Men's Basketball
Marquette Preps For Elite Eight Matchup With Syracuse

Forward Davante Gardner had a career-best 26 points in the last game against Syracuse.


Forward Davante Gardner had a career-best 26 points in the last game against Syracuse.


March 29, 2013

TV Info: CBS | Radio Info: 540 ESPN

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The No. 3 seed Marquette University men's basketball team (26-8, 14-4 BIG EAST) will face No. 4 seed Syracuse (29-9, 11-7 BIG EAST) on Saturday at 3:30 p.m. CT in the Elite Eight from the Verizon Center in Washington, D.C. CBS will feature the national television broadcast, with Verne Lundquist (play-by-play), Bill Raftery (analyst) and Rachel Nichols (reporter) calling the action.

By Chris Jenkins
Marquette Senior Writer

WASHINGTON -- For folks who felt nostalgic about the most recent Big East tournament, it's an unexpected extra chance to see two familiar foes get after it.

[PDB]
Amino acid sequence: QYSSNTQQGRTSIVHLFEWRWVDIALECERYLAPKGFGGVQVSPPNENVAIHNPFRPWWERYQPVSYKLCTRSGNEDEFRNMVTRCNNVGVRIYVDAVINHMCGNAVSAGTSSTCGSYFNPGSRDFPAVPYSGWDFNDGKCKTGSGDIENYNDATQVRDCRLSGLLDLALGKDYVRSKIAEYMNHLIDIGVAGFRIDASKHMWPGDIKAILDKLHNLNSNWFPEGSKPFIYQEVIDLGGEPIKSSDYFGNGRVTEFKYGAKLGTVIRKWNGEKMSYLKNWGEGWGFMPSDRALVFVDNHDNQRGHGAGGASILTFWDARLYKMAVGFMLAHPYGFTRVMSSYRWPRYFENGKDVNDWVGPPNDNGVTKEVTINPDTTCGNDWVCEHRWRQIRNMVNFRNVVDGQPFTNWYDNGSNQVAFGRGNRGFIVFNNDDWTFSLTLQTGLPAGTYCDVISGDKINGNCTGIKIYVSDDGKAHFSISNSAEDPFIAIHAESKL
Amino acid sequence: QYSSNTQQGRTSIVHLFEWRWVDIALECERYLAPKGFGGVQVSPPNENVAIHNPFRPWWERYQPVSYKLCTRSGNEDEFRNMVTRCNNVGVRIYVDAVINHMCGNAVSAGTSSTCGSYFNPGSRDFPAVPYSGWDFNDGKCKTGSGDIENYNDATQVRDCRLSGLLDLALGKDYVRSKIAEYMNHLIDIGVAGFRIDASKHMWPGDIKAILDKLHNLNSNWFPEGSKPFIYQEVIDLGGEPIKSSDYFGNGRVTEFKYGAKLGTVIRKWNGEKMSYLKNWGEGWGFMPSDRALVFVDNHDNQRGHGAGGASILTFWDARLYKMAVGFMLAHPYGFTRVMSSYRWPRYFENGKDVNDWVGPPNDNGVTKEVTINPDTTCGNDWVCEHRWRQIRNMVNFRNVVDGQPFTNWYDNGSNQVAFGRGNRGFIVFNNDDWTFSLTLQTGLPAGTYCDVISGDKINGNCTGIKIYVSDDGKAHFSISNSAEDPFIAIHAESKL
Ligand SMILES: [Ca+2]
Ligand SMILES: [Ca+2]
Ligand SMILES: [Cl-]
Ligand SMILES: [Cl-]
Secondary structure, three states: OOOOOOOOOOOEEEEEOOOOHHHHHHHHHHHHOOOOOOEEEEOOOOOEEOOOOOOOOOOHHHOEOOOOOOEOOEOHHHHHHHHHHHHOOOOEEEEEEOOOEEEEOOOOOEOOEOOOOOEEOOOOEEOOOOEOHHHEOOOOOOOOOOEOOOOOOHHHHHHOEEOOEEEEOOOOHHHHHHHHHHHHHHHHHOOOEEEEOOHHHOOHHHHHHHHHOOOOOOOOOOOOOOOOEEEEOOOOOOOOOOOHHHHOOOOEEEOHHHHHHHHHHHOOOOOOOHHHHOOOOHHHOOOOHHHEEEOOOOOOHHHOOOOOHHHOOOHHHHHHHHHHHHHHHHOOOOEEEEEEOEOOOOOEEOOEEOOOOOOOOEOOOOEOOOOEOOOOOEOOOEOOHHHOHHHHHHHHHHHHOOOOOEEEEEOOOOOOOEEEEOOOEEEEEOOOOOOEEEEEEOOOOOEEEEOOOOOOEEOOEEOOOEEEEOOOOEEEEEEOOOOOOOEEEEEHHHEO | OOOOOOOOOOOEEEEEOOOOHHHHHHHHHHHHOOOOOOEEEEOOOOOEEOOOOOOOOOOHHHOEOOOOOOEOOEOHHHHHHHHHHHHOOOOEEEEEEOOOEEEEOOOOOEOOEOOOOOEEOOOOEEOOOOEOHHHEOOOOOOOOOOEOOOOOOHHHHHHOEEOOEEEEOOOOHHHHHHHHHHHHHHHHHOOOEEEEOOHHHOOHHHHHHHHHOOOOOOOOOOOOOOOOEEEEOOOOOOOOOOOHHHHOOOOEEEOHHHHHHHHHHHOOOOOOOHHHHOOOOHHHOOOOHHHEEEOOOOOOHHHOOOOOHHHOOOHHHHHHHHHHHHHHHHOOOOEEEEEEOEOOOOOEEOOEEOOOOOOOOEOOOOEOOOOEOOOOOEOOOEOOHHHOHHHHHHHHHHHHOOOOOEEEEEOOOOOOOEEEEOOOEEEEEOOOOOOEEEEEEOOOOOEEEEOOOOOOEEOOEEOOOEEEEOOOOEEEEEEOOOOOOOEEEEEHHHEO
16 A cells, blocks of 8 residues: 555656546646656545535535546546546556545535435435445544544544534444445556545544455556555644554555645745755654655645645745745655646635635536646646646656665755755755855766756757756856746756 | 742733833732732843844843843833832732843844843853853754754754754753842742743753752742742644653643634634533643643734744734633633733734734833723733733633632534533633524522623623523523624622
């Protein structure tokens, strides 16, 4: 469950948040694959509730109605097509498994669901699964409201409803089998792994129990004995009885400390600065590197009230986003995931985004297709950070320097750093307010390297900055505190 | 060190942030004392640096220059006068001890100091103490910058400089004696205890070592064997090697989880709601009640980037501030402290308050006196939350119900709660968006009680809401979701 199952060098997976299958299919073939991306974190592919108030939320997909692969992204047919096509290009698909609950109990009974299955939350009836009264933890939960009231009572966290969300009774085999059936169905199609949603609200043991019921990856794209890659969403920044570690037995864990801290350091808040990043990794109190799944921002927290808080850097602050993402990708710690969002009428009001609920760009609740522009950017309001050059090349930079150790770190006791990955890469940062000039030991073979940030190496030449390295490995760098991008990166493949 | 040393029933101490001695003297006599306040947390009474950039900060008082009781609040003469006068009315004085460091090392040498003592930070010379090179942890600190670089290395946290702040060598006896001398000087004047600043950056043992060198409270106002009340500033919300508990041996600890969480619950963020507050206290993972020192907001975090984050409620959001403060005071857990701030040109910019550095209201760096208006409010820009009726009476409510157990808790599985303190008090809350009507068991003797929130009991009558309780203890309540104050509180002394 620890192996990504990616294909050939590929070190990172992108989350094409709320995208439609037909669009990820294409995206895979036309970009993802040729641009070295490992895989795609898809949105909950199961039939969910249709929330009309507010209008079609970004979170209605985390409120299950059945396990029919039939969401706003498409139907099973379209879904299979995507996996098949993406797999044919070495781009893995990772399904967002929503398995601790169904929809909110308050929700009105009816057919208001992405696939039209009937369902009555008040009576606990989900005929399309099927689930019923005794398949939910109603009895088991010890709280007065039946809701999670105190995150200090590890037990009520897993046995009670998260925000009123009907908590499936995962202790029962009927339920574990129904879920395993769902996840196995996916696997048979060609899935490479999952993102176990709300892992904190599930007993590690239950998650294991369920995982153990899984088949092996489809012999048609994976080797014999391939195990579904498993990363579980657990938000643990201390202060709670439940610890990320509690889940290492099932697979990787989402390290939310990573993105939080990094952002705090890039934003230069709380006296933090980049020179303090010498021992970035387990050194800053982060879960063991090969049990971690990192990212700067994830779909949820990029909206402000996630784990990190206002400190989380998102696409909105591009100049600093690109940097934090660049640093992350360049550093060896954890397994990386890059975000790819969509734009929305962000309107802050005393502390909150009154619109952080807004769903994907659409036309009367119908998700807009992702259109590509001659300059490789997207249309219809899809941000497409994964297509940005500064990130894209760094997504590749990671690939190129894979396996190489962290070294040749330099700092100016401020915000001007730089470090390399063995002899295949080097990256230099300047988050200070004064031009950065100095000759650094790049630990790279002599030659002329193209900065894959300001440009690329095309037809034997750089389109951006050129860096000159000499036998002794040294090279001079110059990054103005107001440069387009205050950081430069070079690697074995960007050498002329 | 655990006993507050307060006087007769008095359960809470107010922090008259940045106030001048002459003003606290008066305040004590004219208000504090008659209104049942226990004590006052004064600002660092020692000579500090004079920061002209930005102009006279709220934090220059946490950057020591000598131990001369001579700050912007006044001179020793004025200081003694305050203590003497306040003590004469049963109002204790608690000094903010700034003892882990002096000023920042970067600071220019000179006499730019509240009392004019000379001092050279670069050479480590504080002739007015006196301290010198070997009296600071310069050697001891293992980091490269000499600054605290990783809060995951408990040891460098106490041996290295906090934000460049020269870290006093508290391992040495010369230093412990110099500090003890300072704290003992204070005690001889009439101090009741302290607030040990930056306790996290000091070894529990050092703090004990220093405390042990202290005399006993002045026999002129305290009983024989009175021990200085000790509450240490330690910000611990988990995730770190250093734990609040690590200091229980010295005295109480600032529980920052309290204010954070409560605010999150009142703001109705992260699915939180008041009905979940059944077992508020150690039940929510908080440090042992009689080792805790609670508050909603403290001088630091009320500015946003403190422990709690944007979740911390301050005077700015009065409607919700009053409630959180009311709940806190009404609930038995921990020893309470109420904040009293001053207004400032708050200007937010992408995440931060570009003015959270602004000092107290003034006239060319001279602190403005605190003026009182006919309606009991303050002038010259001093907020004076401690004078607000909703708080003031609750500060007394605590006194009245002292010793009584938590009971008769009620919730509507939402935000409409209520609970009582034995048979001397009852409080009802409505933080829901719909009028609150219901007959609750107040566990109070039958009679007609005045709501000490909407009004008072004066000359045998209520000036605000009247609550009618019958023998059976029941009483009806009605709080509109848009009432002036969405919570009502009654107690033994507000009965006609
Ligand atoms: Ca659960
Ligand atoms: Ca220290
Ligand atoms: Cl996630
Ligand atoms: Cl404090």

It's far more than that, of course, for Marquette -- a team that suddenly finds itself knocking on the door of another Final Four.

After beating Miami on Thursday to advance to the Elite Eight, No. 3-seeded Marquette faces No. 4 seed Syracuse on Saturday at 3:30 p.m. CT.

The two teams know each other well from their hard-fought Big East games in recent years, along with Darius Johnson-Odom's unforgettable 3-point shot in a 66-62 victory that sent the Golden Eagles to the Sweet 16 in 2011.

Syracuse will not be part of the reconstituted Big East, which is set to begin play next season. So most people figured the two schools wouldn't see each other for a while after Marquette beat Syracuse 74-71 in Milwaukee on Feb. 25.

But conference affiliations aren't at the top of Buzz Williams' mind as he prepares for Saturday's game.

"Whoever wins tomorrow, as much as they say they're playing to say we are a part of this league, they're playing to win for all the people in the locker room to advance and continue their season, to play in the Final Four," Williams said Friday. "And those are memories that will last a lifetime, and lives are changed when you get to this point in March."